Japanese art and waves of water go together. We’ve certainly all seen Hokusai’s “The Wave”, which regularly does battle with Hendrix and Dylan to cover the most square feet of dorm rooms across the country. There’s a mountain on the horizon and some fishing boats too, but the print is dominated by a seething wave with grabby frothy tendrils that inspires an almost religious terror of the ocean: the tsunami.
Japan and waves of water do not go together, as evidenced by recent tragic events. Staring into the sea can be frightening, yet the ocean still retains a magnetic pull. This attraction underwrites the work of Tokyo artist Suzuki Yasuhiro. Currently at the Research Center for Advanced Science and Technology at The University of Tokyo, his past projects suggest a certain feverish affinity with water. His “Pencil to Drawing the Sea” (sic) from 2002, presents eleven wooden pencils, each spliced with two shades of lead. The colors are pelagic variants upon blue, and range from cool day tones to the murkier hues of the sea at night. A single sweep of the pencil creates a bitonal horizon; several more create one or many waves.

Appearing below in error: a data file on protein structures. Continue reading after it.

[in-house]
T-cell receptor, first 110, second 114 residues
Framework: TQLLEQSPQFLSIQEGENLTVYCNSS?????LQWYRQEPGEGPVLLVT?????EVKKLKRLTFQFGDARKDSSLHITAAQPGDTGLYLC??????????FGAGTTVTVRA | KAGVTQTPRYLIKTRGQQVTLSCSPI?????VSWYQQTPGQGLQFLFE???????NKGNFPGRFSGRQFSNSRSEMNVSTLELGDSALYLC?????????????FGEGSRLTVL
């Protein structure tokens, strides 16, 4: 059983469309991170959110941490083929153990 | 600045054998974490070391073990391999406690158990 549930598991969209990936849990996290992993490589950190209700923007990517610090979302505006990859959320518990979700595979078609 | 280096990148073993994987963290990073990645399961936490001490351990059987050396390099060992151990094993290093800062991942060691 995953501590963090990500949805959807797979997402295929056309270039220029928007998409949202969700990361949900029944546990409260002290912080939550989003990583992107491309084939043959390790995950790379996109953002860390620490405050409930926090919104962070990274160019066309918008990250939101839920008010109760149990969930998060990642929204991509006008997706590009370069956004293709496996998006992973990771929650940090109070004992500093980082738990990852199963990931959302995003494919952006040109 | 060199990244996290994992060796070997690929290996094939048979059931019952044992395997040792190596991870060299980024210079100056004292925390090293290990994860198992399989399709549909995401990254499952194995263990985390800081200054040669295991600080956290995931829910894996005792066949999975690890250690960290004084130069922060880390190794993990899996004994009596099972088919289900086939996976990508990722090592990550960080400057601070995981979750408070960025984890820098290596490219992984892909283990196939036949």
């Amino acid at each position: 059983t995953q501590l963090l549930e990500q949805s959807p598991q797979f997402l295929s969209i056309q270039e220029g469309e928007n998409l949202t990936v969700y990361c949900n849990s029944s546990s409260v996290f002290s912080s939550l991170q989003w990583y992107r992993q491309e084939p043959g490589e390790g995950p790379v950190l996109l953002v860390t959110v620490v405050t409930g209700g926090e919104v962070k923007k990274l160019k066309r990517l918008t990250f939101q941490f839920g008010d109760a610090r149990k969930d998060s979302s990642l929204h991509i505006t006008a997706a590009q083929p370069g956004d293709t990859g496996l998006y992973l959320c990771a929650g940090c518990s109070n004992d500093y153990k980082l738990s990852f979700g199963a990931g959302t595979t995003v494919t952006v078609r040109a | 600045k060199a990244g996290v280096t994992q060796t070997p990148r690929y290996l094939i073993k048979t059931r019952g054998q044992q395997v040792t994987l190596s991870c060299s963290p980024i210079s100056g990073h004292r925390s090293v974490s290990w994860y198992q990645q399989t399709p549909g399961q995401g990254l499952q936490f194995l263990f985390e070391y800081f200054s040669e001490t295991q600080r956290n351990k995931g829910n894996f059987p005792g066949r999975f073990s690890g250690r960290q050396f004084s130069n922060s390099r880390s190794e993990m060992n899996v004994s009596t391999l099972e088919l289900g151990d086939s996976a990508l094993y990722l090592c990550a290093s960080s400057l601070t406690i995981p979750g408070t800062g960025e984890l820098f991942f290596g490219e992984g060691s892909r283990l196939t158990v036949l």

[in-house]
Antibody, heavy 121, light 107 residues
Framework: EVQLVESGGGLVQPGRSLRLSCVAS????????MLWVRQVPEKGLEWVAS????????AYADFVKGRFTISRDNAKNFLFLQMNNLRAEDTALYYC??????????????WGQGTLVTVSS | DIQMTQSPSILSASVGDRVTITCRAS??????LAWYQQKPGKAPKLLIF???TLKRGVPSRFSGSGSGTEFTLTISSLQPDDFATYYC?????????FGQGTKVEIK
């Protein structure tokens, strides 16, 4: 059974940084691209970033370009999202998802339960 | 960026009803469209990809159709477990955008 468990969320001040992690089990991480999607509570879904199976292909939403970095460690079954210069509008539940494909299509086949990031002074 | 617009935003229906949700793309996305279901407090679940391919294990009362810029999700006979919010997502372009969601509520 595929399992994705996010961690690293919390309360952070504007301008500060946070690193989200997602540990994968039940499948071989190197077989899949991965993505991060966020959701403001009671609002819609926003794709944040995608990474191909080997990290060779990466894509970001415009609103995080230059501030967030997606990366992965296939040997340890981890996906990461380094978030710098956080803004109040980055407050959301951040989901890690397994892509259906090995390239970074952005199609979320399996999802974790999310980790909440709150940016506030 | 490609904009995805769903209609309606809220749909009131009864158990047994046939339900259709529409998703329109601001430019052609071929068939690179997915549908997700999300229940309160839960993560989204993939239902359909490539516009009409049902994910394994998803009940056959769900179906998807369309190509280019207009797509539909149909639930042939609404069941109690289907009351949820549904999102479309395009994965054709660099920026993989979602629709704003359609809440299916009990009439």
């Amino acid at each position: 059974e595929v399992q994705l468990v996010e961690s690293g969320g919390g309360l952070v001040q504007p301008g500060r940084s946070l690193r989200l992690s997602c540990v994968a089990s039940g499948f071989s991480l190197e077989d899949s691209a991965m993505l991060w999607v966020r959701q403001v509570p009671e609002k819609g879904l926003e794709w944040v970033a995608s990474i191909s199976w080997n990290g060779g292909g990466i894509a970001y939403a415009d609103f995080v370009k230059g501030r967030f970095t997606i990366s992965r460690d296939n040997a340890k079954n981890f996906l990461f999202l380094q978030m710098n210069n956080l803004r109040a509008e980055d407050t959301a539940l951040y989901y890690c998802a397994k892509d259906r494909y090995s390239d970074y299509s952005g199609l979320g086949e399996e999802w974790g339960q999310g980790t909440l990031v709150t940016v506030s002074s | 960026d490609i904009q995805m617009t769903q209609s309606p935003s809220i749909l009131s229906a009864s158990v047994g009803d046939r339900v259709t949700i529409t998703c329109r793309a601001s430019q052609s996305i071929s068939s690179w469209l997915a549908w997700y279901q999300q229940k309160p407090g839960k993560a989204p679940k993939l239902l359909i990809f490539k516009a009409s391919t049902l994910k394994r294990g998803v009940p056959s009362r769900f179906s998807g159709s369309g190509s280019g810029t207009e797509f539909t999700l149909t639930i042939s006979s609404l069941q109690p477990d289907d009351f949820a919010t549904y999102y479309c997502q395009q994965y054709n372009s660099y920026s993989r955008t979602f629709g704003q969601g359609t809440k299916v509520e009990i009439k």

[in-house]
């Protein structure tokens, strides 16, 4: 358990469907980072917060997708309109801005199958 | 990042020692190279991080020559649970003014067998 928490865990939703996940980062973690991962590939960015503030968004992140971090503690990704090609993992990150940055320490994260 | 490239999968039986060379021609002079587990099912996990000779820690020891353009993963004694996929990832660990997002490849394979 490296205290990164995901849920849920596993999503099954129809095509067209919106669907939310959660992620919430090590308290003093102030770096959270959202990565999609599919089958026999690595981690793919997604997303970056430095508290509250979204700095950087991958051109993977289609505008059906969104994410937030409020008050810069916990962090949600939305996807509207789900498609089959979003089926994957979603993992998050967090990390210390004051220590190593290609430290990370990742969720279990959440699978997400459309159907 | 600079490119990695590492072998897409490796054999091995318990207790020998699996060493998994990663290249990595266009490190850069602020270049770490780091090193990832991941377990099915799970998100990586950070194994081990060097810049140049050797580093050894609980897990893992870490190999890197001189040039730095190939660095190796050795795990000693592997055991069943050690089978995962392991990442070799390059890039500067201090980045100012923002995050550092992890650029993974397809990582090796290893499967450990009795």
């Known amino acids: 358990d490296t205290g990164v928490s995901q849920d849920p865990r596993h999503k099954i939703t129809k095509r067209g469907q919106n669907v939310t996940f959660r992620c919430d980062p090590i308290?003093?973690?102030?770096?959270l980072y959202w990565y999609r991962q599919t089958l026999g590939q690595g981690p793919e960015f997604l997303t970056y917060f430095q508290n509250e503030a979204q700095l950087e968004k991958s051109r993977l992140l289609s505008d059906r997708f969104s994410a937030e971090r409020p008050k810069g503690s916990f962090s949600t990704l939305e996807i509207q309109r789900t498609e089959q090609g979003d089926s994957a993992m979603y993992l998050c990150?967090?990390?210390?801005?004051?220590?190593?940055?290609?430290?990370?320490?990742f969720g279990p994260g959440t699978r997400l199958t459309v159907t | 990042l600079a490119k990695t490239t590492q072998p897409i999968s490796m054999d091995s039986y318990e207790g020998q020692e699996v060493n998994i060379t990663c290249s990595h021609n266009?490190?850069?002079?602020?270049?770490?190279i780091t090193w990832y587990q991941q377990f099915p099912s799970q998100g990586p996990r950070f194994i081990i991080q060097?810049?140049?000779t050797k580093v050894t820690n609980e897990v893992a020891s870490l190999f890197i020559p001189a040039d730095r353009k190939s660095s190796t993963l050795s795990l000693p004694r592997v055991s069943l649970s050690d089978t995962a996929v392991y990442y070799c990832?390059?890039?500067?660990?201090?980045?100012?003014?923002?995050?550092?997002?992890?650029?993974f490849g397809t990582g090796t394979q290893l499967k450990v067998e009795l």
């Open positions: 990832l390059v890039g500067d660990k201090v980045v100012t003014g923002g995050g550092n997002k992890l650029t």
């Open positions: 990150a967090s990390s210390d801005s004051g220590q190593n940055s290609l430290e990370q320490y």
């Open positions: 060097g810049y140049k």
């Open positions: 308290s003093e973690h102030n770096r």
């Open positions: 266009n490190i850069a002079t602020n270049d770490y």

2005′s “Property of Water”, meanwhile explores the fluid waveforms of water by projecting rays of light onto a revolving drop-shaped screen. The screen is suspended in a darkened, mirrored room, creating another reflected waveform (of waveforms) (of waveforms).
With Japan’s last commercial hovercraft line shut down in 2009, Suzuki began to look for new ways to zip across water. The result was the “Ship of the Zipper”: a motorboat modeled to look like an industrial zipper fastening. Suzuki made a scale model as far back as 2004, but only unveiled the vessel at the Setouchi International Art Festival of 2010. Matte grey and unassuming, it could pass for a shrink wrapped pill capsule with ringpull.
Viewed aerially, however, its foamy wake resembles zipper tracks, parting the seas in a decidedly non-biblical fashion. The artist has compared it to teeth, saying that “as the vessel glides through the water, the wake looks like a zipper coming undone, suggesting the image of the sea opening up”. The recent natural disasters have of course introduced a new kind of machinating wake, featuring flotsam, debris and bodies. In light of the devastating tsunami where the ocean literally opened up to swallow people, “Ship of the Zipper” gains a final chilling poignancy.